Over the weekend of July 24-26, 2015, I attended the World Future 2015 conference in San Francisco, CA. Hosted by the World Future Society (WFS), one of the leading futurists communities, this annual gathering of futurists from around the world allows participants to learn new foresights skills, discuss current significant issues, and to explore topics outside of their immediate field of work.
New to futurism and taking my first steps into it at this conference, I was entirely thrilled by the fundamental concepts of futurism and eager to learn methods to bring back to my own work. I spent the entirety of that Thursday attending the “Trends +: From Insights to Integration” masterclass, and the following two days were spent catching as many sessions and speakers as possible, each falling into a variety of topics including Technology & Innovation, Business of Foresight, and Global Issues.
Join me in this recap of my conference highlights and takeaways, and jump into the comment sections with any thoughts or questions!
Note: Given the length of the recap, I’ve split it into 4 parts, each in a separate post. There is a Table of Contents at the bottom of each World Future 2015 post if you want to skip to specific parts.
What is a futurist?
President of the World Future Society, Amy Zalman, giving her opening remarks.
Futurism, a field still emerging into our corporate world, is the study of technological, environmental, societal, and political trends in conjunction with the use of strategic foresight to define probable future scenarios that better inform decision making. Futurists tend to view questions from a broad and unconfined perspective, allowing them more room for creativity than more traditional analytics would. These methods can apply to a wide range of topics, including technology, education, and media.
A futurist is not someone who predicts the future, but rather someone who will explain how a future scenario might develop and why certain factors could drive it there. Given the nature of such a task, it is impossible to assume that any one futurist’s view is entirely unbiased; but gaining perspectives from different biases results in a more realistic discussion outcome. For instance, take the the recently heated topic of the future of artificial intelligence. Without the pessimistic stance, we would likely not consider the risks associated with creating a powerful new super-intelligence. Yet without the optimistic stance, we would not be driven to create a new technology that could greatly benefit humanity in a variety of ways.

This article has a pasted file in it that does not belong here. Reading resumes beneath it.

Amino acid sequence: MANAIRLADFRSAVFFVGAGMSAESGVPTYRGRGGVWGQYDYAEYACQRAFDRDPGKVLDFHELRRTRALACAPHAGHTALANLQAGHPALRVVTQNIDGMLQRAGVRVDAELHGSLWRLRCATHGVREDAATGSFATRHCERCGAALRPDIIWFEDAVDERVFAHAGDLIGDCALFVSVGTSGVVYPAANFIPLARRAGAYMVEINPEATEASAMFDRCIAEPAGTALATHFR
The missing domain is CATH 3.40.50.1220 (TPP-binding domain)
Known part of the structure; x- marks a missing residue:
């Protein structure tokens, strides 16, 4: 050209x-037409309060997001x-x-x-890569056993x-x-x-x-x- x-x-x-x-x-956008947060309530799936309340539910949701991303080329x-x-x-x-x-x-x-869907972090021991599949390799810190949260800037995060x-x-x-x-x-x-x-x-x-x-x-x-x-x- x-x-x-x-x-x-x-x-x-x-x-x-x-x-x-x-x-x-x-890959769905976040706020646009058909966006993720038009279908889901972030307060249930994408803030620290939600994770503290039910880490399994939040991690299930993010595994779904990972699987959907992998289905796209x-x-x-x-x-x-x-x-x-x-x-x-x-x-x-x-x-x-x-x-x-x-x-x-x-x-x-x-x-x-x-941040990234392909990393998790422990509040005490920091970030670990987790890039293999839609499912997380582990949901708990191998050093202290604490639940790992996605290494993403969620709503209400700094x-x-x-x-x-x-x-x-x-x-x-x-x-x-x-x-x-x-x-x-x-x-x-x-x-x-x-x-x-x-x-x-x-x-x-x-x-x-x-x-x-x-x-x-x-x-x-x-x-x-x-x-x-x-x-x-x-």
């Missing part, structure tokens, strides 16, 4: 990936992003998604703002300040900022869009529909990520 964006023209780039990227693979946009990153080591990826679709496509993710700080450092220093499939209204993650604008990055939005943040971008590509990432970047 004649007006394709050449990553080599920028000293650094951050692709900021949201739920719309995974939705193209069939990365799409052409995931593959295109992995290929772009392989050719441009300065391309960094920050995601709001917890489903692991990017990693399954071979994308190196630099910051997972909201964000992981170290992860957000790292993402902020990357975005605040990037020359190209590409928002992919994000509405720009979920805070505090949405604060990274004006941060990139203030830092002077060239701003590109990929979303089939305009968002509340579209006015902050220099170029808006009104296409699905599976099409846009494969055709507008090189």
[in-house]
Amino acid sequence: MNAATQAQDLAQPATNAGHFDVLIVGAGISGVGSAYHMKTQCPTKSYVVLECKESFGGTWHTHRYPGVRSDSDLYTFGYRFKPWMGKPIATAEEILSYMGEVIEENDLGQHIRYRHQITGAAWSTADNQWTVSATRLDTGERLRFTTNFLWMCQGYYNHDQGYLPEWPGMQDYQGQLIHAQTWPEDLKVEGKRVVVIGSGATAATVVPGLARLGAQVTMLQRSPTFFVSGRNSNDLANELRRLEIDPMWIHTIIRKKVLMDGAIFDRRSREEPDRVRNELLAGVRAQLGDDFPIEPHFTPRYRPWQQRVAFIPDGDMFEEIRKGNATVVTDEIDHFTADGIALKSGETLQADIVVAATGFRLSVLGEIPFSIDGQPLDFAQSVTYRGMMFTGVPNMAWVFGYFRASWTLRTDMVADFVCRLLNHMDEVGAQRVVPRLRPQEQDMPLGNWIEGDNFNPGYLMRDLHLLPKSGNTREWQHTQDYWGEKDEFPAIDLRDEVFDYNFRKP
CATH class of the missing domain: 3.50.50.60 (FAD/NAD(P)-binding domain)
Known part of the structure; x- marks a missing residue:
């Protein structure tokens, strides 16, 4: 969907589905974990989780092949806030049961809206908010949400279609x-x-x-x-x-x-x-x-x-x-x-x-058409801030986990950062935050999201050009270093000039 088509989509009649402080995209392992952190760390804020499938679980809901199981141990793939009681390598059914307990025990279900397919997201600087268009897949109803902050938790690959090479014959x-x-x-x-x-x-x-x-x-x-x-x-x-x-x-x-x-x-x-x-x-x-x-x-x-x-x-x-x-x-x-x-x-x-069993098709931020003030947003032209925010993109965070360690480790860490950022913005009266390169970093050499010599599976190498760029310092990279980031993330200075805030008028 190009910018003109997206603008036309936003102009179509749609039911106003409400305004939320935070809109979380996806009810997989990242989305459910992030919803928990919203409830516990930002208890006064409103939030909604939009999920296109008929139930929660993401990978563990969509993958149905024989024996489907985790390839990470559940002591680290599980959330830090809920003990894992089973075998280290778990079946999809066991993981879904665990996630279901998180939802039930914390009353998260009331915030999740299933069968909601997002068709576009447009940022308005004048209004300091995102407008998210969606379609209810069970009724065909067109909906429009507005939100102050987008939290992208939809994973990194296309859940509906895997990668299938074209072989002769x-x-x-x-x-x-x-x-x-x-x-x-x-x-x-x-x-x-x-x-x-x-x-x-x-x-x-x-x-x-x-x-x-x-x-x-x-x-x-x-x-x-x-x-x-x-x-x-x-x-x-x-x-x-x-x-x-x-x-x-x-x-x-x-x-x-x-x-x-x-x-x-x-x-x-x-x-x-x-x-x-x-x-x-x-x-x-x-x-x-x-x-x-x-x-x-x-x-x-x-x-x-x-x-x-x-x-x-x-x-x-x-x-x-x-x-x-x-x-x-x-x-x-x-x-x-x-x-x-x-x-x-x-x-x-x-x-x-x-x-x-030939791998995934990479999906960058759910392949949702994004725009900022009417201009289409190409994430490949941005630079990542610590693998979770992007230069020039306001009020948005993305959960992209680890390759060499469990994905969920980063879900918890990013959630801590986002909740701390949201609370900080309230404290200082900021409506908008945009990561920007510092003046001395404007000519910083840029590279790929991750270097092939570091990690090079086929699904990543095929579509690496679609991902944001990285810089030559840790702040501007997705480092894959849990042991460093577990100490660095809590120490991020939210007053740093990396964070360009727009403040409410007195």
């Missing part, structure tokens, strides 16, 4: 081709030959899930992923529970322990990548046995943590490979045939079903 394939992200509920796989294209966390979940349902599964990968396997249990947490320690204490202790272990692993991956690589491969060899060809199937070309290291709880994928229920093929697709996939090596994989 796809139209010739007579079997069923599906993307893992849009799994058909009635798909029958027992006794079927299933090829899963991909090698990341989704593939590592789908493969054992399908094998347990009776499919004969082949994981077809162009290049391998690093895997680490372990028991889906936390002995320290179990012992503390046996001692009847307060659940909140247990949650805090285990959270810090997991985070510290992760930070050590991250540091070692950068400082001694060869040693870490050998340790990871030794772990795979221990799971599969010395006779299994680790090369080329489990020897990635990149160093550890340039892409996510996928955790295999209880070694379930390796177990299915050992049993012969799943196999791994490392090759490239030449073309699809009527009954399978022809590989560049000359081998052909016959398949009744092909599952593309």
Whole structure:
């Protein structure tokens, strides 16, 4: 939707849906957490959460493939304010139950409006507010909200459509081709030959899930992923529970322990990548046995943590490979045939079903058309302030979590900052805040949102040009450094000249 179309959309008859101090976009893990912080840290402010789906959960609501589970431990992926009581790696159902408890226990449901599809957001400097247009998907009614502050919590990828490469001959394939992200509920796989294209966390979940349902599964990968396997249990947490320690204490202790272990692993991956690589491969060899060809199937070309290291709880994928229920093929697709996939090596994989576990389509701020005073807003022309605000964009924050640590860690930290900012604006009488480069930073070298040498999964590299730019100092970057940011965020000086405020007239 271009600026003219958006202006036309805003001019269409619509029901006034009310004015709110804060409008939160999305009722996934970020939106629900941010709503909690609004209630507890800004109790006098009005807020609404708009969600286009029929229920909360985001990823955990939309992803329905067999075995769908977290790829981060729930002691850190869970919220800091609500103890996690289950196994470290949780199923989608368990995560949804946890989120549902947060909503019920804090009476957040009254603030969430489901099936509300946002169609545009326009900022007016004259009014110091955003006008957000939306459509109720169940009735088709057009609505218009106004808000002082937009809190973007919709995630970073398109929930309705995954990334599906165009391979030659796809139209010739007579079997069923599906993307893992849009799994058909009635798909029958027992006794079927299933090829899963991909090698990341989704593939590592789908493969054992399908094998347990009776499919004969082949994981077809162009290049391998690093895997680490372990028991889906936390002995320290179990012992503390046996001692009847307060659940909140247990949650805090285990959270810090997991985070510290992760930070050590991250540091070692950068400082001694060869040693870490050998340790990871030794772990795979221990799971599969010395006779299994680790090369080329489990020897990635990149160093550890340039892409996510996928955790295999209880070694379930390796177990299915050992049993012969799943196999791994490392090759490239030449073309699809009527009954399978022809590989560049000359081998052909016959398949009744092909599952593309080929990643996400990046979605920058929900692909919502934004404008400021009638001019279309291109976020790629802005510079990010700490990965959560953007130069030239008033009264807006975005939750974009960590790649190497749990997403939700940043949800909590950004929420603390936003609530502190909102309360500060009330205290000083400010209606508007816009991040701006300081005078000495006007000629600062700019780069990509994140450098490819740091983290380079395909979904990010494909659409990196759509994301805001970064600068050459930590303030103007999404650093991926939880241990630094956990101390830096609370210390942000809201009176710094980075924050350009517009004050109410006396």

One notable tangent - I was surprised to learn that the majority of modern-day futurists were middle-aged, white males - this was even highlighted in the conference booklet:
Over the weekend, several of the few female attendants also made a point of highlighting this to me - including one who’s presence easily commanded a small discussion group I was part of and promptly cut off a man who had been repeatedly cutting me off. She later told me how great it was to see the rarity of a young woman involved in this community, and that she felt it was important to her to help make sure we were heard. Not even a week after the conference, a fantastic article was published that discussed the lack of gender diversity in the field.
Okay, back from the tangent! The World Future 2015 was a tremendously enriching experience, and since attending it I have already found myself incorporating these ways of thinking not only into my work, but into all facets of my life. We often put blockers on our own progress and innovation because we only think about what we already know and already see, but allowing our minds to open up to seemingly improbable or overwhelmingly far-off possibilities allows us so much more room for growth. All that we know today is a product of what we thought yesterday; logically if we want to reach our goals we must frame them in our vision of tomorrow.
With that, let’s move on to Part 2 and discuss the masterclass...